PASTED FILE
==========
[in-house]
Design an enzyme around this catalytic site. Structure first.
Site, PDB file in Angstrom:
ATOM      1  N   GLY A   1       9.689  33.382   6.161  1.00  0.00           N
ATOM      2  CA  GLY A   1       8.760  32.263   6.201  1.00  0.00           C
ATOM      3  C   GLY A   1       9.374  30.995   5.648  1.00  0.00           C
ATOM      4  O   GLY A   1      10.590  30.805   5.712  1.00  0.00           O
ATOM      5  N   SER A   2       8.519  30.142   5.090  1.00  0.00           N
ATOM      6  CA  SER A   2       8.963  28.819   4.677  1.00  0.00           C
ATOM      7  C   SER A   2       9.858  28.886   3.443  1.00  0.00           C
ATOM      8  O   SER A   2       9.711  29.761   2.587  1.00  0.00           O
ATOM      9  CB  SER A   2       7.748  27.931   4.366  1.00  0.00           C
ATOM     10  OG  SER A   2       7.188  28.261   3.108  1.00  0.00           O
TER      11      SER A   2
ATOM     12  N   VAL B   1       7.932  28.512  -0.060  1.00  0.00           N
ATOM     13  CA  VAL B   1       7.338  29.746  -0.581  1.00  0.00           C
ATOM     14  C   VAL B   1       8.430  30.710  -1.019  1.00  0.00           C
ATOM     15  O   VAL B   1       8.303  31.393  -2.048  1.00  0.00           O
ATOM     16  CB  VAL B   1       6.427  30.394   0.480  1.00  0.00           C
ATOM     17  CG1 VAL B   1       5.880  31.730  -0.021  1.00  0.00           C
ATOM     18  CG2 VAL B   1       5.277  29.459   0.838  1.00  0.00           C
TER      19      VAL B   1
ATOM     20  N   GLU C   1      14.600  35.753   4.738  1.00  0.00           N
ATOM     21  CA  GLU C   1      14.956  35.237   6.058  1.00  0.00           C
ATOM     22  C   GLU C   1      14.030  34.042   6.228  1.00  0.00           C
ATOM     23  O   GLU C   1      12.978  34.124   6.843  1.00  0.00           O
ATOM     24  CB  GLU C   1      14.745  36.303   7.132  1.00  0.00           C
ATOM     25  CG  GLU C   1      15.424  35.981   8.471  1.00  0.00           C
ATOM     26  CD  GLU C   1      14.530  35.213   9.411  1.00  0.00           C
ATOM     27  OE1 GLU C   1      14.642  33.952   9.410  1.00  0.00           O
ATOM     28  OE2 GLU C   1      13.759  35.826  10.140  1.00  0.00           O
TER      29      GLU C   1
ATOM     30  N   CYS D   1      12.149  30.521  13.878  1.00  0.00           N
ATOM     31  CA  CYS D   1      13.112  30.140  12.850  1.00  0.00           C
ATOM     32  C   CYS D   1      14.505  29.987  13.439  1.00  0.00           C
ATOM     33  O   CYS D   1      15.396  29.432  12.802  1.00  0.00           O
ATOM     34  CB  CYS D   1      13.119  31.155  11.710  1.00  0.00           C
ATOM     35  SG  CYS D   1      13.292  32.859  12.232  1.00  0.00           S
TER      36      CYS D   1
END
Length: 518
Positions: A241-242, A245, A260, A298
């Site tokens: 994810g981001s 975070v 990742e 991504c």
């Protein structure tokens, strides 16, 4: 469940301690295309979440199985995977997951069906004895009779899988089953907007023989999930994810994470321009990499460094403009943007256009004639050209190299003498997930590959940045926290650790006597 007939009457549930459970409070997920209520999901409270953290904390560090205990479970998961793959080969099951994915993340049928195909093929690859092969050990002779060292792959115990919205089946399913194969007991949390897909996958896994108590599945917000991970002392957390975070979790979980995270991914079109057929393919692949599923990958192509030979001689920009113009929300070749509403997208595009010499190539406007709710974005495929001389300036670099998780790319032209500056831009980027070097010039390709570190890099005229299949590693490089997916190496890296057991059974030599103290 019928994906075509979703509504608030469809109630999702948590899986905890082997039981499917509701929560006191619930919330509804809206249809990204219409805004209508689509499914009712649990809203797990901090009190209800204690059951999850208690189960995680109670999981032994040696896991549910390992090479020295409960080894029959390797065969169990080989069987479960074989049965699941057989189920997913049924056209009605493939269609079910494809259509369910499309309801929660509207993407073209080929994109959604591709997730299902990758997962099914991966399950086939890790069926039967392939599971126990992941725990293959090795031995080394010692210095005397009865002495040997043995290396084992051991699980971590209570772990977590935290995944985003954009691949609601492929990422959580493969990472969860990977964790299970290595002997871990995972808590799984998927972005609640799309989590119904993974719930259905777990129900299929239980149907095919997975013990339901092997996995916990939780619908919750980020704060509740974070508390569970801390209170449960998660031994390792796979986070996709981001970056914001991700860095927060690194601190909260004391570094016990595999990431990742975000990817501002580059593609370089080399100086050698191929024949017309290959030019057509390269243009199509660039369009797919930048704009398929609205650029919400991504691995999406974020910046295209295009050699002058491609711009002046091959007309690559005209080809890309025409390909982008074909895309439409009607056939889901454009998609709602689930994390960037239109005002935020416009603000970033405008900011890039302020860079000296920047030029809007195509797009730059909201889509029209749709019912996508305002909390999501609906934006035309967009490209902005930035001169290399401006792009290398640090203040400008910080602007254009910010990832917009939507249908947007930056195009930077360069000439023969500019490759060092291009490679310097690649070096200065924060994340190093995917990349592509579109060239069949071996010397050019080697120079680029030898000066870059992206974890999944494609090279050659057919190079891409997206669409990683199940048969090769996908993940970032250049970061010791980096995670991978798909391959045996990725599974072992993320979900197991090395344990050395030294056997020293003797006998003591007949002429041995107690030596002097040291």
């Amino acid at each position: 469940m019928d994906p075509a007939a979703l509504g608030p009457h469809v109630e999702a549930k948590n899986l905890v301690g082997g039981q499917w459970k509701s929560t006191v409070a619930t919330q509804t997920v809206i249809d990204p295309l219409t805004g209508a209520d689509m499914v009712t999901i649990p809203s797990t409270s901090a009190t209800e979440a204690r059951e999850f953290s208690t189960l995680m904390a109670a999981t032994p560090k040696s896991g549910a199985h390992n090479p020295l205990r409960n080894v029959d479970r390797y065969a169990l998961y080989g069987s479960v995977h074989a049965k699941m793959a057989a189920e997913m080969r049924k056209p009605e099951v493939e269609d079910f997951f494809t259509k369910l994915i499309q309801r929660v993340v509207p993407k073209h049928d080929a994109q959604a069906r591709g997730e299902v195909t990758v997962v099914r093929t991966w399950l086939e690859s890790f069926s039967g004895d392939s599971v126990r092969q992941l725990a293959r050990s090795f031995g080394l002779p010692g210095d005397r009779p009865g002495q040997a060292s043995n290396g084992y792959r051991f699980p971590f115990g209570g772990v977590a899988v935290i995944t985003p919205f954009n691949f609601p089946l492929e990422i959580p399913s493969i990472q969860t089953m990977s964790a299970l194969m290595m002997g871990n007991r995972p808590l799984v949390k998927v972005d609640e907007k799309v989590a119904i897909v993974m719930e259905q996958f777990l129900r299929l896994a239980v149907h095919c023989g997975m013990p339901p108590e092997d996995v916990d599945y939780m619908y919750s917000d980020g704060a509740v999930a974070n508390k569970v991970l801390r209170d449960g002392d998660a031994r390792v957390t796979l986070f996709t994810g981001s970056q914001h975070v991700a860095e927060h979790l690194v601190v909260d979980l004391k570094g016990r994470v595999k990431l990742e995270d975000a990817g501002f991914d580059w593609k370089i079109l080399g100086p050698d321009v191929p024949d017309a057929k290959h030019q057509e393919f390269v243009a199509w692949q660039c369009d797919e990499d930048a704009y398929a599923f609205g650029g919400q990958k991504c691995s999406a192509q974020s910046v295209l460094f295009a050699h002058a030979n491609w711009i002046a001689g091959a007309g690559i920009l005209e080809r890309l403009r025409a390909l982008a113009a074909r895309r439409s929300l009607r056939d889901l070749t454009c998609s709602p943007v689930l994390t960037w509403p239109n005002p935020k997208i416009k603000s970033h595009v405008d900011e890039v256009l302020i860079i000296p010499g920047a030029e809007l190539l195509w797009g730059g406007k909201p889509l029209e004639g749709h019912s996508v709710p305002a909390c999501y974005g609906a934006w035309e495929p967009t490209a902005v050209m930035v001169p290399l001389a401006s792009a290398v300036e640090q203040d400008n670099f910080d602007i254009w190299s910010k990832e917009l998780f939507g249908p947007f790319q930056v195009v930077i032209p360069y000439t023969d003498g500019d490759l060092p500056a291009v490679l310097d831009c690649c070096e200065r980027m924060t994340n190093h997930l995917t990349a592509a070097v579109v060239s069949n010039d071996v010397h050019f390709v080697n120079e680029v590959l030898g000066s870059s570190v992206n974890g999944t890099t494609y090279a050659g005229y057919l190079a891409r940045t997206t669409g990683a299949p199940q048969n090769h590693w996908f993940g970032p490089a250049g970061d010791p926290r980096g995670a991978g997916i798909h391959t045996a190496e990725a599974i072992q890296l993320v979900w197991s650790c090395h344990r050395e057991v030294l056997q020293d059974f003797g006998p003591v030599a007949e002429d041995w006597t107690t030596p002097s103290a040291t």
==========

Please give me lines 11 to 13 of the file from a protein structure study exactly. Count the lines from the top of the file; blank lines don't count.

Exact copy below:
ATOM      8  O   SER A   2       9.711  29.761   2.587  1.00  0.00           O
ATOM      9  CB  SER A   2       7.748  27.931   4.366  1.00  0.00           C
ATOM     10  OG  SER A   2       7.188  28.261   3.108  1.00  0.00           O